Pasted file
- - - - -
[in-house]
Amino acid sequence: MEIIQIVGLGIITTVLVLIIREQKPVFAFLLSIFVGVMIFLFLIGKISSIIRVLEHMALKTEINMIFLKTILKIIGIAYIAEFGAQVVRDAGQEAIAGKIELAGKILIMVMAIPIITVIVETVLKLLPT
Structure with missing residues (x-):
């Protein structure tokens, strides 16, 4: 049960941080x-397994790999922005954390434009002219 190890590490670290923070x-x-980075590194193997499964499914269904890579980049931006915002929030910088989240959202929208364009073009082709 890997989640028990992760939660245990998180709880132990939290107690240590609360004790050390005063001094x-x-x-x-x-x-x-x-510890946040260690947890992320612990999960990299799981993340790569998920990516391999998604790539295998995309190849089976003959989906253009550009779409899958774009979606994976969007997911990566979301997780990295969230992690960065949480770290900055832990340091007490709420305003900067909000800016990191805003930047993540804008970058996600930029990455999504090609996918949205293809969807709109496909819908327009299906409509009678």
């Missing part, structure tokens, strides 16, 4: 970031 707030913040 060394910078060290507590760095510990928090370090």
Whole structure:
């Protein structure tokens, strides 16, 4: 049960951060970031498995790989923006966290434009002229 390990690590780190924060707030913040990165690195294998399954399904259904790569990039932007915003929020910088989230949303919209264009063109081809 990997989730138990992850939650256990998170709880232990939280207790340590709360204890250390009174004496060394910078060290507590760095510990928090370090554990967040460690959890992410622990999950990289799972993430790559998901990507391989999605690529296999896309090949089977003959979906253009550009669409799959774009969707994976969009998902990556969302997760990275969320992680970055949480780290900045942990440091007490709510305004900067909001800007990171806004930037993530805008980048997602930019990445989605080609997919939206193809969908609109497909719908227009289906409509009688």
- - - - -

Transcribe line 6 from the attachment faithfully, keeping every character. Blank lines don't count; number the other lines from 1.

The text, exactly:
Whole structure: